This video is reason alone to fall in love with this brand new New York band — Atomic Tom — who recorded their first album in an apartment-turned-music studio until the endeavor got shut down by the police for loudness. They finished their record, but then their instruments were stolen this month. Watch this video, and then tell me you wouldn’t have loved to have been on this subway . . .
My favorite song, when I was three, was called Shine On. I learned it in the children’s program in church. I really loved to sing it out, especially the line, “Shine on, shine on bright and clear!”
They must have noticed my passion because one day the music leader invited me to come to the front and sing it to all the kids. I was definitely up for the task. She carried me on her right hip with one arm supporting me (can you believe I remember this?). She held a microphone to my mouth with her other hand — although it’s possible I just imagined that microphone into a false memory — and I sang to everyone that they should definitely shine on.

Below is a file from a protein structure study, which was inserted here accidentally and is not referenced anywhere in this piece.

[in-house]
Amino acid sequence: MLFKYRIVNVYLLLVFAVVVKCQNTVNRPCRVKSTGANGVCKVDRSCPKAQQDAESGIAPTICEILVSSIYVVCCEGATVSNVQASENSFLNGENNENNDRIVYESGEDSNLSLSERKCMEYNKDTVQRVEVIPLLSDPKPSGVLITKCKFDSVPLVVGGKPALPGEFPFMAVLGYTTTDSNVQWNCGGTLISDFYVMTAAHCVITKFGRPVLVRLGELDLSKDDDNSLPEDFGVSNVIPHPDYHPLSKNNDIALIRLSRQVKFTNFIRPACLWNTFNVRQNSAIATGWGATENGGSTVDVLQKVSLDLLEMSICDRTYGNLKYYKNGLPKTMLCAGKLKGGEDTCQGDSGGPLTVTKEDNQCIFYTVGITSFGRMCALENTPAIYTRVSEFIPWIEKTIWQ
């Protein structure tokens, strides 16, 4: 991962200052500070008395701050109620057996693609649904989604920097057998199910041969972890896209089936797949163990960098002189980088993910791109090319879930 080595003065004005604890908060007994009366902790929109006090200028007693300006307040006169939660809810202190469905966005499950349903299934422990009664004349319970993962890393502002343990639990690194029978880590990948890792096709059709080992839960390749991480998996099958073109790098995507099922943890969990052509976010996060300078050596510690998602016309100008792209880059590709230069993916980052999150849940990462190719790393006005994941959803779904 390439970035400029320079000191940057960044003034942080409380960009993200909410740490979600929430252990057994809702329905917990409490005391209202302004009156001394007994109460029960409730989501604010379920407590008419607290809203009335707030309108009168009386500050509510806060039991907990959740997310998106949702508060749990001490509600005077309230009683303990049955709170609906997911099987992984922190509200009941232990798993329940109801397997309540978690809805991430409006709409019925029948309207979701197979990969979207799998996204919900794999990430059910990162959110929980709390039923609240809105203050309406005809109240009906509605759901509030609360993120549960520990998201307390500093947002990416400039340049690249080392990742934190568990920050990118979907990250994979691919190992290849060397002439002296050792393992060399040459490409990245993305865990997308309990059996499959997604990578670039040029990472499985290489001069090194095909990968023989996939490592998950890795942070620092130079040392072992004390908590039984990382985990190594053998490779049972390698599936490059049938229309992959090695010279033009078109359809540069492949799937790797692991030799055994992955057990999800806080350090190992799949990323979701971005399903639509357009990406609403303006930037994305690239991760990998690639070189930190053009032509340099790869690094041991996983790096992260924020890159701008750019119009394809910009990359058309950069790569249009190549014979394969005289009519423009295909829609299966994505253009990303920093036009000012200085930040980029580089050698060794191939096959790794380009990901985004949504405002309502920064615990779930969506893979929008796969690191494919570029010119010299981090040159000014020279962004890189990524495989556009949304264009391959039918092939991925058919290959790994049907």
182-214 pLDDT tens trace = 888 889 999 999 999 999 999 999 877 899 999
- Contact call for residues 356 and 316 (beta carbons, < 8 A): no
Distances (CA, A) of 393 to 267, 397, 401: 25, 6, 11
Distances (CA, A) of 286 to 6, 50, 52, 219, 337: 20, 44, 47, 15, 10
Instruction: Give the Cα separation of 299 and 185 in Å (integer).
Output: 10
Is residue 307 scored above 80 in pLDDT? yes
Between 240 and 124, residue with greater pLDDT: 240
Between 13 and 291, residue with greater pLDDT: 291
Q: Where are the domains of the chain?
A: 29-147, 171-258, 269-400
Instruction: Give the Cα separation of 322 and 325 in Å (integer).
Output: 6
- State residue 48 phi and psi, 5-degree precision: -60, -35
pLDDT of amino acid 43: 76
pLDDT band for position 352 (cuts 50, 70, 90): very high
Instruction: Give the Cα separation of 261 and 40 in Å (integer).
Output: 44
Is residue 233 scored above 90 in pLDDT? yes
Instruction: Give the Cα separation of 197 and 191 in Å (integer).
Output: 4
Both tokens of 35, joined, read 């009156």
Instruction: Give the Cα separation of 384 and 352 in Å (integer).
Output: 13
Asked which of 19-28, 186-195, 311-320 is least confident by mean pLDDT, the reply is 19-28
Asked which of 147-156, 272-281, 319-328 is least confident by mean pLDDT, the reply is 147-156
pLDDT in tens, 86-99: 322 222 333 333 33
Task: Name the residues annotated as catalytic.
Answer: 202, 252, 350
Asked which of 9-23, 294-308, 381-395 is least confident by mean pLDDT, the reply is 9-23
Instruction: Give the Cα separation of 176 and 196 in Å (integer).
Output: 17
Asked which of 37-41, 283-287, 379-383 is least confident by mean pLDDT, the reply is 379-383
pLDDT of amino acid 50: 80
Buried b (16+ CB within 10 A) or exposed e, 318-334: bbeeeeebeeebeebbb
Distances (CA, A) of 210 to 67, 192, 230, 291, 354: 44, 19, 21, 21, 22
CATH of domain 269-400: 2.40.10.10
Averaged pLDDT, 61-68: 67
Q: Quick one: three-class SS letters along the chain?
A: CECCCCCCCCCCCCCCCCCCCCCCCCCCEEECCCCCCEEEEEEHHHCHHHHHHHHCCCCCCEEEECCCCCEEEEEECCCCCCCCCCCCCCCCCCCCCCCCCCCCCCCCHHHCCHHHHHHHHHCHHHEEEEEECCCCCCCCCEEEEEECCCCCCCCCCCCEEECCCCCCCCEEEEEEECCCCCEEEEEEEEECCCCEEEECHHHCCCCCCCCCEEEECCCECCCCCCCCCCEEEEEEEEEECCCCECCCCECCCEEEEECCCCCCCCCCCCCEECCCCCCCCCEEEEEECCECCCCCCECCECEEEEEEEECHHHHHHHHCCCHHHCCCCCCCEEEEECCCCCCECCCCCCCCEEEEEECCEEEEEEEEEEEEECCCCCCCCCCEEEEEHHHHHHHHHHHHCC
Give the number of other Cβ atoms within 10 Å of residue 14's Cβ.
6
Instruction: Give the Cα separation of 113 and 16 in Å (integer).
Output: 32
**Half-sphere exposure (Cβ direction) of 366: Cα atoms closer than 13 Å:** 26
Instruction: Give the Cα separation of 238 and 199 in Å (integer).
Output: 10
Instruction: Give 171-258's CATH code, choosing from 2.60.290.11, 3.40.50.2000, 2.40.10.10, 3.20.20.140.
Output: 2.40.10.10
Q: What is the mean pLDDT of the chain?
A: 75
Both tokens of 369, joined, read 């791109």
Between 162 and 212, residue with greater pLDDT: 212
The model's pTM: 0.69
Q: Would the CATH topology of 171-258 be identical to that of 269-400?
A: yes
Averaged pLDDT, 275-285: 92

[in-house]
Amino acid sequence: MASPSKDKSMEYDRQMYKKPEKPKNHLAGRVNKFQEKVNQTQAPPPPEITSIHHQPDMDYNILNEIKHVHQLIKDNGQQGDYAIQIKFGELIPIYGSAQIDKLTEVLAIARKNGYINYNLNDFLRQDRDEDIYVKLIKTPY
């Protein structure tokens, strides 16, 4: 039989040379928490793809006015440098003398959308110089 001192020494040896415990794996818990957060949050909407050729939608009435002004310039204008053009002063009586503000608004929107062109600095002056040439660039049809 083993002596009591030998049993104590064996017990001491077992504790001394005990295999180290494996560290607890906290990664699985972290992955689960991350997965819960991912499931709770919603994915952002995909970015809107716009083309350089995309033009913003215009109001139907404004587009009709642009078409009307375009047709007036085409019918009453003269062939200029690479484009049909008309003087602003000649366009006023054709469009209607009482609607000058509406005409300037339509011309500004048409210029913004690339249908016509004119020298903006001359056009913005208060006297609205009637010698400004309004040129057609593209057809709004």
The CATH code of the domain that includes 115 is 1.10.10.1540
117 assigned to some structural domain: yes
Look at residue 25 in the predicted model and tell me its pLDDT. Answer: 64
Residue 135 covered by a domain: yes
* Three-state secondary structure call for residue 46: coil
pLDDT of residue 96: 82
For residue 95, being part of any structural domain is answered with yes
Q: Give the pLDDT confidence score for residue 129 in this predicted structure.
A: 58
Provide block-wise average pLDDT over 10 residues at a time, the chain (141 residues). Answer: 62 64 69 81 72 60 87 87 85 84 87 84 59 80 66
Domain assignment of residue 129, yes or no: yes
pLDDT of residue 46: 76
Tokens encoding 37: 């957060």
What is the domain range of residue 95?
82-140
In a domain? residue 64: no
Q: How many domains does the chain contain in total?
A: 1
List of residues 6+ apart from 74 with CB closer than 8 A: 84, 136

To be truthful, I think I was singing to them that I, myself would continue to shine on.
Anyway, the Kooks have given me a modern, updated song to Shine On to. And my new song makes me feel at least as happy. Have a listen . . .
(the darkest blue legs in the middle of the stage are mine. Freshman year. 1980′s dancewear scariness)
I got lucky when my family moved to Michigan. There was a middle school that was part of the Michigan “Magnet” program. Abbot Middle School had a music-dance-theatre emphasis and even though my local school sat just down the street from where I lived, I took a bus to Abbot Middle School so I could get dance and vocal training and experience.